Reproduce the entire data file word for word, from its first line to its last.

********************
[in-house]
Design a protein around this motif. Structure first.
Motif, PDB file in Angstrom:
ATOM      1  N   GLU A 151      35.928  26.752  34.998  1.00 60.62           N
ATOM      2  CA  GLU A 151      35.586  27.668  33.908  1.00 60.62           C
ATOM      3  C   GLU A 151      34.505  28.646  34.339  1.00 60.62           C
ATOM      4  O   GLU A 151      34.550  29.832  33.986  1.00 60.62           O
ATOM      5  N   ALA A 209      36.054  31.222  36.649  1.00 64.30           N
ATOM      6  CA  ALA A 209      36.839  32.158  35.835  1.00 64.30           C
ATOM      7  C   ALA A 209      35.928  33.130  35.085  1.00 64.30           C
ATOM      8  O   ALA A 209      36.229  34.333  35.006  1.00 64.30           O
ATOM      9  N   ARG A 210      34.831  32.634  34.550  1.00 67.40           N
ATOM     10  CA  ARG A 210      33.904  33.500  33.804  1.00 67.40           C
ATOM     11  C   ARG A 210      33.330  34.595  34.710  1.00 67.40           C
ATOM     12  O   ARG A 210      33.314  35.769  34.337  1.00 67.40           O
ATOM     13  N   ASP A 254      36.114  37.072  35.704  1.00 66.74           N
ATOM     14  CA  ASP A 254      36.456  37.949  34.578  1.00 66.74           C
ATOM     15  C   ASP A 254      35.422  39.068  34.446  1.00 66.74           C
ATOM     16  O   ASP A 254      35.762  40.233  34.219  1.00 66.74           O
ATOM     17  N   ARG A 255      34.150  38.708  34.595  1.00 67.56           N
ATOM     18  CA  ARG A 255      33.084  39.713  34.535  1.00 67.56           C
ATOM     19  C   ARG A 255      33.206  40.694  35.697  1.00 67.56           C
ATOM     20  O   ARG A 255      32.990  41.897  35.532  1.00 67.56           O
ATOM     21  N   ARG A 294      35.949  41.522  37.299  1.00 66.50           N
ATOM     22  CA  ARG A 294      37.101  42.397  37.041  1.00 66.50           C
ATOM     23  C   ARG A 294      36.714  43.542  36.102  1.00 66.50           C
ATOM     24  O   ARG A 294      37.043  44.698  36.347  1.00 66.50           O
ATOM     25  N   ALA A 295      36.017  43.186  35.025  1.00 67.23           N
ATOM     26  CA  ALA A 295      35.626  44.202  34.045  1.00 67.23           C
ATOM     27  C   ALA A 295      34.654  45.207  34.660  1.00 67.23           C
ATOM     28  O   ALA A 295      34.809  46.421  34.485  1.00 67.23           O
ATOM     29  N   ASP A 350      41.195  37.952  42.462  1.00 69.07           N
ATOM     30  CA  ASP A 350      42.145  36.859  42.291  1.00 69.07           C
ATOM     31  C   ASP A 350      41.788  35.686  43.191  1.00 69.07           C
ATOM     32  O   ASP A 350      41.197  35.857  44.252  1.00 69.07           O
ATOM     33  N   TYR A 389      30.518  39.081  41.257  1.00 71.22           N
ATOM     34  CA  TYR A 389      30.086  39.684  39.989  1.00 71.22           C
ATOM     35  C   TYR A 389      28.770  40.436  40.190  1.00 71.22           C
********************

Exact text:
[in-house]
Design a protein around this motif. Structure first.
Motif, PDB file in Angstrom:
ATOM      1  N   GLU A 151      35.928  26.752  34.998  1.00 60.62           N
ATOM      2  CA  GLU A 151      35.586  27.668  33.908  1.00 60.62           C
ATOM      3  C   GLU A 151      34.505  28.646  34.339  1.00 60.62           C
ATOM      4  O   GLU A 151      34.550  29.832  33.986  1.00 60.62           O
ATOM      5  N   ALA A 209      36.054  31.222  36.649  1.00 64.30           N
ATOM      6  CA  ALA A 209      36.839  32.158  35.835  1.00 64.30           C
ATOM      7  C   ALA A 209      35.928  33.130  35.085  1.00 64.30           C
ATOM      8  O   ALA A 209      36.229  34.333  35.006  1.00 64.30           O
ATOM      9  N   ARG A 210      34.831  32.634  34.550  1.00 67.40           N
ATOM     10  CA  ARG A 210      33.904  33.500  33.804  1.00 67.40           C
ATOM     11  C   ARG A 210      33.330  34.595  34.710  1.00 67.40           C
ATOM     12  O   ARG A 210      33.314  35.769  34.337  1.00 67.40           O
ATOM     13  N   ASP A 254      36.114  37.072  35.704  1.00 66.74           N
ATOM     14  CA  ASP A 254      36.456  37.949  34.578  1.00 66.74           C
ATOM     15  C   ASP A 254      35.422  39.068  34.446  1.00 66.74           C
ATOM     16  O   ASP A 254      35.762  40.233  34.219  1.00 66.74           O
ATOM     17  N   ARG A 255      34.150  38.708  34.595  1.00 67.56           N
ATOM     18  CA  ARG A 255      33.084  39.713  34.535  1.00 67.56           C
ATOM     19  C   ARG A 255      33.206  40.694  35.697  1.00 67.56           C
ATOM     20  O   ARG A 255      32.990  41.897  35.532  1.00 67.56           O
ATOM     21  N   ARG A 294      35.949  41.522  37.299  1.00 66.50           N
ATOM     22  CA  ARG A 294      37.101  42.397  37.041  1.00 66.50           C
ATOM     23  C   ARG A 294      36.714  43.542  36.102  1.00 66.50           C
ATOM     24  O   ARG A 294      37.043  44.698  36.347  1.00 66.50           O
ATOM     25  N   ALA A 295      36.017  43.186  35.025  1.00 67.23           N
ATOM     26  CA  ALA A 295      35.626  44.202  34.045  1.00 67.23           C
ATOM     27  C   ALA A 295      34.654  45.207  34.660  1.00 67.23           C
ATOM     28  O   ALA A 295      34.809  46.421  34.485  1.00 67.23           O
ATOM     29  N   ASP A 350      41.195  37.952  42.462  1.00 69.07           N
ATOM     30  CA  ASP A 350      42.145  36.859  42.291  1.00 69.07           C
ATOM     31  C   ASP A 350      41.788  35.686  43.191  1.00 69.07           C
ATOM     32  O   ASP A 350      41.197  35.857  44.252  1.00 69.07           O
ATOM     33  N   TYR A 389      30.518  39.081  41.257  1.00 71.22           N
ATOM     34  CA  TYR A 389      30.086  39.684  39.989  1.00 71.22           C
ATOM     35  C   TYR A 389      28.770  40.436  40.190  1.00 71.22           C